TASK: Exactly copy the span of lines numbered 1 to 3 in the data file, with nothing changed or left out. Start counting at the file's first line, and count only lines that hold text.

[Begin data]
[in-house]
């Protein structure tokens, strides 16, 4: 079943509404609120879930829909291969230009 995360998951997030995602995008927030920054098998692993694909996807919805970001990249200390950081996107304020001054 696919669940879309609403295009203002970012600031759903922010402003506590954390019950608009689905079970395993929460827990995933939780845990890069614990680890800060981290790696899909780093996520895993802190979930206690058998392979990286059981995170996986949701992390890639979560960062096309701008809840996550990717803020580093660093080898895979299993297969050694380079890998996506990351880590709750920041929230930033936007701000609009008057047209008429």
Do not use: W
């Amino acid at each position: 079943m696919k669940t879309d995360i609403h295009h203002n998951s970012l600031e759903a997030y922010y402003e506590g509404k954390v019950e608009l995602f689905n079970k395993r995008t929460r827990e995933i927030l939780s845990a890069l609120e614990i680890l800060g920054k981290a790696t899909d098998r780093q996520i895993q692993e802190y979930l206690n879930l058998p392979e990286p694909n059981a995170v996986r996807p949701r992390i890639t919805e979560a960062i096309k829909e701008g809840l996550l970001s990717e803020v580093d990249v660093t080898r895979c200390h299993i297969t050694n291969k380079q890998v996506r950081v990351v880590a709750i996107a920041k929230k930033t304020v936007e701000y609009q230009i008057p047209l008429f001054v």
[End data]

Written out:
[in-house]
């Protein structure tokens, strides 16, 4: 079943509404609120879930829909291969230009 995360998951997030995602995008927030920054098998692993694909996807919805970001990249200390950081996107304020001054 696919669940879309609403295009203002970012600031759903922010402003506590954390019950608009689905079970395993929460827990995933939780845990890069614990680890800060981290790696899909780093996520895993802190979930206690058998392979990286059981995170996986949701992390890639979560960062096309701008809840996550990717803020580093660093080898895979299993297969050694380079890998996506990351880590709750920041929230930033936007701000609009008057047209008429």
Do not use: W